Theodore J. Hoover (1871-1955)
American Mining Engineer, Conservationist and Educator
2016 Inductee from Mining's Past
Theodore Jesse Hoover, the older brother of President Herbert Hoover, graduated from Stanford University in 1901 with a BA degree in Geology and Mining.
Hoover’s professional career began as an assayer at Keystone Consolidated Mining Company. A year later he joined Standard Consolidated Mine as an Assistant Manager where he successfully applied the Moore Slimes Process in recovering gold from slimes. This made Standard Consolidated financially strong and Hoover was promptly promoted to Manager.
In 1907, Hoover became the General Manager of Minerals Separation, Ltd. in London, a firm founded to buy and license the new froth flotation process to recover minerals from ores. He directed the firm for over four years, and had a large influence in the design and development of a very successful flotation machine.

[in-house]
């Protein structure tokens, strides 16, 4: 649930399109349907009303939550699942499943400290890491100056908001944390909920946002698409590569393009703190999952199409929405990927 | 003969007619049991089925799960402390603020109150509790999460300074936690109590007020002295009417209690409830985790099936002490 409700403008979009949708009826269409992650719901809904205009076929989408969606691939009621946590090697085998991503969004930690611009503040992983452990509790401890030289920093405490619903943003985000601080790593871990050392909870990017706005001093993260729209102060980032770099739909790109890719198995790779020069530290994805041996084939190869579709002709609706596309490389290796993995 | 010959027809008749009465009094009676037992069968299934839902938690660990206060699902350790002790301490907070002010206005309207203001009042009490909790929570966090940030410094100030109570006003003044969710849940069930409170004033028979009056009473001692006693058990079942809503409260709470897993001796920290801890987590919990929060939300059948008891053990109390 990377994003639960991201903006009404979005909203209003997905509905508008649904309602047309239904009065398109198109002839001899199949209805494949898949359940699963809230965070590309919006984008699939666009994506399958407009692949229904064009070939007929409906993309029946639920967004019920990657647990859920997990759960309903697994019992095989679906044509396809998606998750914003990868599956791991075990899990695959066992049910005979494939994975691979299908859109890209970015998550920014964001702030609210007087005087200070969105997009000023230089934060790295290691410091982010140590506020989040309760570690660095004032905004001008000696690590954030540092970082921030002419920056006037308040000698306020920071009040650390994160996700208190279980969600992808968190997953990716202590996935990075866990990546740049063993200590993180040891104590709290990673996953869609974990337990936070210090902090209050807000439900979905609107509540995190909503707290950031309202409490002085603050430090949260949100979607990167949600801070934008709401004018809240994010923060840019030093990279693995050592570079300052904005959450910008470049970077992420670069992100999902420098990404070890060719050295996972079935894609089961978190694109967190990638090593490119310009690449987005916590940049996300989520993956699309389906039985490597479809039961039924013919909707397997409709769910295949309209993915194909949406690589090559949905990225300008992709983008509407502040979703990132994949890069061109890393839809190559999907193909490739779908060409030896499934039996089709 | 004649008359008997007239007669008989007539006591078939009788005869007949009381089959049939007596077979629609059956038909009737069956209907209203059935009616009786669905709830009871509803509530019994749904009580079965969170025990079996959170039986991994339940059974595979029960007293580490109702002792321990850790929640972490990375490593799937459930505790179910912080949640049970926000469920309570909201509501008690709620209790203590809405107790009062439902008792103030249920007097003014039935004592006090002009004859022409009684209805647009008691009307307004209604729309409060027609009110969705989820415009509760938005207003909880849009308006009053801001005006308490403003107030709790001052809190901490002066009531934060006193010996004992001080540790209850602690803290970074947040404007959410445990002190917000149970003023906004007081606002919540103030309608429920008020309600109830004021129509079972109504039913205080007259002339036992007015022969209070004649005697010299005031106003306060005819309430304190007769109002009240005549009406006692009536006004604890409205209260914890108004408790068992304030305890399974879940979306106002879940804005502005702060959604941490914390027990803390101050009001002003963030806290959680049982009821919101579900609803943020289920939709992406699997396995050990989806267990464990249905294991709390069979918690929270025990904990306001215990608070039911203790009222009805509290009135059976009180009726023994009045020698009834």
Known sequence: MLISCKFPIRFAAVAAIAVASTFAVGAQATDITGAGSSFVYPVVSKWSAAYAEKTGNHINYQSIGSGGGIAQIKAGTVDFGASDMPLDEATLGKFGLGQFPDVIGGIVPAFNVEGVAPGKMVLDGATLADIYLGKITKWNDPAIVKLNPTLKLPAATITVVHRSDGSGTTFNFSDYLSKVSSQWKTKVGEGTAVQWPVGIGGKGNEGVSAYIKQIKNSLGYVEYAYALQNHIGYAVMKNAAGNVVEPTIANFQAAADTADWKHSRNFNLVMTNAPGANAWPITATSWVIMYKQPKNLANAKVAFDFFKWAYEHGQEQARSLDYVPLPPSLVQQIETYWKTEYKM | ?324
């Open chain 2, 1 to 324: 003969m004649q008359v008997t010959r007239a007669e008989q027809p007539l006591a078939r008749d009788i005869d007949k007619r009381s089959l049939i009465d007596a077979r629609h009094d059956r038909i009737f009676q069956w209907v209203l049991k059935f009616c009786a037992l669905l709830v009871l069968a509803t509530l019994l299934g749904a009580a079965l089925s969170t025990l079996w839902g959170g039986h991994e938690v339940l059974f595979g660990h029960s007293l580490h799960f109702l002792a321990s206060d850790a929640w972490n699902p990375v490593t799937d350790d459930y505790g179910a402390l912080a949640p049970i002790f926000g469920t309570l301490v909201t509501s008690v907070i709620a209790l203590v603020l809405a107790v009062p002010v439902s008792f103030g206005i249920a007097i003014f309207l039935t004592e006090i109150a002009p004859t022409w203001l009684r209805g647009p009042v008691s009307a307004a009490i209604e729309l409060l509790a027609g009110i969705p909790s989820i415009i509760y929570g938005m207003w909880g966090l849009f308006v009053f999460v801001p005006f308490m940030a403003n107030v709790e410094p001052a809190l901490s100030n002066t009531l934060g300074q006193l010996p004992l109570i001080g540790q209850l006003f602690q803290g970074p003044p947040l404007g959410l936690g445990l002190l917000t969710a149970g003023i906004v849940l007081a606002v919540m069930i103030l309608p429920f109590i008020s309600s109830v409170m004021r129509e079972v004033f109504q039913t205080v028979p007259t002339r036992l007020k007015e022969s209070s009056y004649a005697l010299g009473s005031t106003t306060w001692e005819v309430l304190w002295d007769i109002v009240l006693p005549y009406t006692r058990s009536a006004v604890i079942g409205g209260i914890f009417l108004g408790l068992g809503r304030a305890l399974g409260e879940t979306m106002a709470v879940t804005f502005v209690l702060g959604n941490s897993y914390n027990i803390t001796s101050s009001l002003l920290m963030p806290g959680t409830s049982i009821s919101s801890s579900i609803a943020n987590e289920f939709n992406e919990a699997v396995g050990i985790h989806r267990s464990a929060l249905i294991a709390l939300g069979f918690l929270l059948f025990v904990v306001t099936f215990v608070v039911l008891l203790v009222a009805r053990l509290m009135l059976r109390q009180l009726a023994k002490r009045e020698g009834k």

Hoover then became successful as an international consultant, engineer or administrator of many mining companies in Asia, Australia, Europe, Africa and America. He was the author of Concentrating Ores by Flotation (1912), Economics of Mining (1933), and The Engineering Profession (1941) and of numerous technical articles.
In 1919, Hoover returned to Stanford. He was the principal guide in the formation of the School of Engineering and served as Dean of the Department from 1925 until his retirement in 1936. Under Hoover’s leadership, Stanford developed a strong engineering curriculum.
Equally revered as a naturalist, Hoover was a founding member of the Cooper Ornithological Society. Hoover Lake in Santa Clara County and the Theodore J. Hoover National Preserve in northern Santa Cruz County, both in California, were named in his honor.